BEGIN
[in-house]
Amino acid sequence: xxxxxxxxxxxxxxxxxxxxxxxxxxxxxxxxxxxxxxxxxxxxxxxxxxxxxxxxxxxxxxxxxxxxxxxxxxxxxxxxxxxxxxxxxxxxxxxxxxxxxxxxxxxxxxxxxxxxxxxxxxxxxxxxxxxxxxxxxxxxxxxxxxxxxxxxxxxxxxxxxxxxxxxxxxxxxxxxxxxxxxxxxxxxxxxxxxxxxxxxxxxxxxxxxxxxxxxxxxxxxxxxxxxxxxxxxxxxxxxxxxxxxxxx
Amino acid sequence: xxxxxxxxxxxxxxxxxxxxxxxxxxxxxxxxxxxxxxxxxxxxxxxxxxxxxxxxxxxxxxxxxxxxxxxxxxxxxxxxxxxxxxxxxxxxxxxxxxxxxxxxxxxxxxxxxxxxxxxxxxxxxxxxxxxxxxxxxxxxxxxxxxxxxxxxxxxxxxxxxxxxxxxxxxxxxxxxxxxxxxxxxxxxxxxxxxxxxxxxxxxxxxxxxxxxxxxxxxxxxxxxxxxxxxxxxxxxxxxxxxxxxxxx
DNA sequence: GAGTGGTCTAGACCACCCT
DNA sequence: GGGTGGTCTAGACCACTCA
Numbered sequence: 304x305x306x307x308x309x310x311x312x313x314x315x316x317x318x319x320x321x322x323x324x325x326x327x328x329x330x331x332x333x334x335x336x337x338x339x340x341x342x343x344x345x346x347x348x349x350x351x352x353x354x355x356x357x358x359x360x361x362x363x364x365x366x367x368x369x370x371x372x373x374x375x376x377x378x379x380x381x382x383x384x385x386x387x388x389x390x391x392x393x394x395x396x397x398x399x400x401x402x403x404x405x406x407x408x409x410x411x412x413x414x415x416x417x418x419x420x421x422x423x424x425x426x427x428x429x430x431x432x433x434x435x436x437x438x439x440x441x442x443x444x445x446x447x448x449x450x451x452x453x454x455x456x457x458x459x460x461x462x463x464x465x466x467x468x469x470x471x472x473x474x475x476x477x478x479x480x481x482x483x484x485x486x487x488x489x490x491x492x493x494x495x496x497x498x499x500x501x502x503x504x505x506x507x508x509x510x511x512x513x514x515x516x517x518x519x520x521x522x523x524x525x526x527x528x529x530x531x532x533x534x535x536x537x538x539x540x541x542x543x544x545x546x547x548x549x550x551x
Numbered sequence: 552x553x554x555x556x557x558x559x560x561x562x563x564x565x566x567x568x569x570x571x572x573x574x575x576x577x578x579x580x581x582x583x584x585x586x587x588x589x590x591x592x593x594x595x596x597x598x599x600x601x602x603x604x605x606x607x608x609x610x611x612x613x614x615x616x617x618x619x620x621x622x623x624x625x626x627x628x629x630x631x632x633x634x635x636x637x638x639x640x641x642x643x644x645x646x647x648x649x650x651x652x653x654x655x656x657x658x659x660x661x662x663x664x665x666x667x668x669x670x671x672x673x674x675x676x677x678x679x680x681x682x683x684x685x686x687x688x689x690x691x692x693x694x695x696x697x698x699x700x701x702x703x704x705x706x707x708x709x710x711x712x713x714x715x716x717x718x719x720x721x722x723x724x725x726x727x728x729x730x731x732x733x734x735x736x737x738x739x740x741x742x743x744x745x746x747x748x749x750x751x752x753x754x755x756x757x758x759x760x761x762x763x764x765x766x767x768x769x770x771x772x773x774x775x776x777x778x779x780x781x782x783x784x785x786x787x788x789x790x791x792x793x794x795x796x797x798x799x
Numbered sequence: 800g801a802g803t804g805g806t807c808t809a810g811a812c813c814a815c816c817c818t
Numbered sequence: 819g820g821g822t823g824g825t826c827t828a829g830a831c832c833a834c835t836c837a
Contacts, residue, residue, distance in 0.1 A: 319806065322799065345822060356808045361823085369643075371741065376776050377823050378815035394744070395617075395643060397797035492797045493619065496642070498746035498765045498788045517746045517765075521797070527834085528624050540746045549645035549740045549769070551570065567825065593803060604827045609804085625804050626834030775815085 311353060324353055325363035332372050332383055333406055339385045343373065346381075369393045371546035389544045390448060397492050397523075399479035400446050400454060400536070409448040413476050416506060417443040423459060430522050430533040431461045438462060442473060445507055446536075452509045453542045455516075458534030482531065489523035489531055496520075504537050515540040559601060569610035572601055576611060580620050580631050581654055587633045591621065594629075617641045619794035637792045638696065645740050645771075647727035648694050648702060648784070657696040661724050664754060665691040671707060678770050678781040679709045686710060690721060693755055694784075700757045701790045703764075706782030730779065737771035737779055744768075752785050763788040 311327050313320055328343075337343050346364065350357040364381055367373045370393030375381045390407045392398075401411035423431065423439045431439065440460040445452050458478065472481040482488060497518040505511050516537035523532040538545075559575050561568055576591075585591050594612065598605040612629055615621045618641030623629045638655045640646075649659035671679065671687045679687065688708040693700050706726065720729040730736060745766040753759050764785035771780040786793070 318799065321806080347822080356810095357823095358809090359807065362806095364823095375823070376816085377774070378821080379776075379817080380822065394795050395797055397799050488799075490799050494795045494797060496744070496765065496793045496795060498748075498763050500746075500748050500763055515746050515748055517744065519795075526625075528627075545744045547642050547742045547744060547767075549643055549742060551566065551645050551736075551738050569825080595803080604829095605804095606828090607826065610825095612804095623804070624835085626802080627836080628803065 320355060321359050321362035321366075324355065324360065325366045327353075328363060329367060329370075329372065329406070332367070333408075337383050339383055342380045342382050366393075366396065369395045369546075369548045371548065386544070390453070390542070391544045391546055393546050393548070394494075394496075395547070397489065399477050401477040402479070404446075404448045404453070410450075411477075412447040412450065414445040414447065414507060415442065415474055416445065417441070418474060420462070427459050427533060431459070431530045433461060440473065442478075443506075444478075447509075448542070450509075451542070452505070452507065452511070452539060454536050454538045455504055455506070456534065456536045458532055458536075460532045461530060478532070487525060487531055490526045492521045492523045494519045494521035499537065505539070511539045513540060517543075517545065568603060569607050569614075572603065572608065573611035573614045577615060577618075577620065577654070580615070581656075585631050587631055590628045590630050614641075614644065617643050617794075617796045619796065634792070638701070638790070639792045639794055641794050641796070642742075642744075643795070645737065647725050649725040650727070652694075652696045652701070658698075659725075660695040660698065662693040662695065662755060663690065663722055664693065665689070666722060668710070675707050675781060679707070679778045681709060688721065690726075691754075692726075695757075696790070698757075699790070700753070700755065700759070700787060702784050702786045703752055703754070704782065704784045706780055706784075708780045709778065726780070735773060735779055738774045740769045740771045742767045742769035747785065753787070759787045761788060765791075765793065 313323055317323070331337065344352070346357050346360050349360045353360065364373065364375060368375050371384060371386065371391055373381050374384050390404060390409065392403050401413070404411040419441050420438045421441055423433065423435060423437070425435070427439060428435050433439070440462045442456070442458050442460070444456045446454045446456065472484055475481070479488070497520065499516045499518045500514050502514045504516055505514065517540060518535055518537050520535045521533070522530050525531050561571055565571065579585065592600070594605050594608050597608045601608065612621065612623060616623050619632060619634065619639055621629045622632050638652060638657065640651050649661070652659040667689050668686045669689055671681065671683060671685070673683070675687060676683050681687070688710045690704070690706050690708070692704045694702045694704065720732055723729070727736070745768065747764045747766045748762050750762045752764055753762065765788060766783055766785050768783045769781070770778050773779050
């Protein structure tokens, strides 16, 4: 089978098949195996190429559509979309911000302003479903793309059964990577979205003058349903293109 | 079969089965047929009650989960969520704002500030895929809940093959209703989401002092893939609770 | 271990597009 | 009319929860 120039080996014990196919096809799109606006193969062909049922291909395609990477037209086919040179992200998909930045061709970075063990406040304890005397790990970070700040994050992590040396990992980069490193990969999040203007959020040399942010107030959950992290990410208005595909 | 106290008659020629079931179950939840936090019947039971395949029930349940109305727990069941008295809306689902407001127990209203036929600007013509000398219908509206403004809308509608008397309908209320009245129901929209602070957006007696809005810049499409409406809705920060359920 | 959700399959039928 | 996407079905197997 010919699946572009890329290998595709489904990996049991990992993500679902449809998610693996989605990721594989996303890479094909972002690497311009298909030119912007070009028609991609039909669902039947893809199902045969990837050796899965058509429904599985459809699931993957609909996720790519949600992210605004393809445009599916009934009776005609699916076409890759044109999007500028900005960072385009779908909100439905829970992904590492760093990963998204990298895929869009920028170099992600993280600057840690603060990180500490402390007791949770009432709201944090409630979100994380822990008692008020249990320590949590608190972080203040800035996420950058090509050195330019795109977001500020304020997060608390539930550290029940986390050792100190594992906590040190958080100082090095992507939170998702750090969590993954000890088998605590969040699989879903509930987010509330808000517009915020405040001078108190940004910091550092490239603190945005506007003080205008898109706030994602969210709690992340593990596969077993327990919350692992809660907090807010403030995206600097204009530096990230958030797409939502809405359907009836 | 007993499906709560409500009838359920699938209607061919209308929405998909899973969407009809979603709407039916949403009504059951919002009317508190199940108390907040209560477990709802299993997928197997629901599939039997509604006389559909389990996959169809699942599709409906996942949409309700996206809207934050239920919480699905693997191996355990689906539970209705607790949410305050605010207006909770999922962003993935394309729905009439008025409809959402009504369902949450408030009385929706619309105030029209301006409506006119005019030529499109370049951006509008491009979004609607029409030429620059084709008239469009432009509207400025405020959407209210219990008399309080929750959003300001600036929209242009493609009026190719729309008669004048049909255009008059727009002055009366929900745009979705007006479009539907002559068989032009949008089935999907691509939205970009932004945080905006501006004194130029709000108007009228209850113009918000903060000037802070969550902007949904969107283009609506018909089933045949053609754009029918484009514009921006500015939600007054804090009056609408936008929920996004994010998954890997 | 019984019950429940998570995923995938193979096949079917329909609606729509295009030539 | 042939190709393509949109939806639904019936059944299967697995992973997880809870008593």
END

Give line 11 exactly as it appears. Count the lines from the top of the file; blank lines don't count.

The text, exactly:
């Protein structure tokens, strides 16, 4: 089978098949195996190429559509979309911000302003479903793309059964990577979205003058349903293109 | 079969089965047929009650989960969520704002500030895929809940093959209703989401002092893939609770 | 271990597009 | 009319929860 120039080996014990196919096809799109606006193969062909049922291909395609990477037209086919040179992200998909930045061709970075063990406040304890005397790990970070700040994050992590040396990992980069490193990969999040203007959020040399942010107030959950992290990410208005595909 | 106290008659020629079931179950939840936090019947039971395949029930349940109305727990069941008295809306689902407001127990209203036929600007013509000398219908509206403004809308509608008397309908209320009245129901929209602070957006007696809005810049499409409406809705920060359920 | 959700399959039928 | 996407079905197997 010919699946572009890329290998595709489904990996049991990992993500679902449809998610693996989605990721594989996303890479094909972002690497311009298909030119912007070009028609991609039909669902039947893809199902045969990837050796899965058509429904599985459809699931993957609909996720790519949600992210605004393809445009599916009934009776005609699916076409890759044109999007500028900005960072385009779908909100439905829970992904590492760093990963998204990298895929869009920028170099992600993280600057840690603060990180500490402390007791949770009432709201944090409630979100994380822990008692008020249990320590949590608190972080203040800035996420950058090509050195330019795109977001500020304020997060608390539930550290029940986390050792100190594992906590040190958080100082090095992507939170998702750090969590993954000890088998605590969040699989879903509930987010509330808000517009915020405040001078108190940004910091550092490239603190945005506007003080205008898109706030994602969210709690992340593990596969077993327990919350692992809660907090807010403030995206600097204009530096990230958030797409939502809405359907009836 | 007993499906709560409500009838359920699938209607061919209308929405998909899973969407009809979603709407039916949403009504059951919002009317508190199940108390907040209560477990709802299993997928197997629901599939039997509604006389559909389990996959169809699942599709409906996942949409309700996206809207934050239920919480699905693997191996355990689906539970209705607790949410305050605010207006909770999922962003993935394309729905009439008025409809959402009504369902949450408030009385929706619309105030029209301006409506006119005019030529499109370049951006509008491009979004609607029409030429620059084709008239469009432009509207400025405020959407209210219990008399309080929750959003300001600036929209242009493609009026190719729309008669004048049909255009008059727009002055009366929900745009979705007006479009539907002559068989032009949008089935999907691509939205970009932004945080905006501006004194130029709000108007009228209850113009918000903060000037802070969550902007949904969107283009609506018909089933045949053609754009029918484009514009921006500015939600007054804090009056609408936008929920996004994010998954890997 | 019984019950429940998570995923995938193979096949079917329909609606729509295009030539 | 042939190709393509949109939806639904019936059944299967697995992973997880809870008593």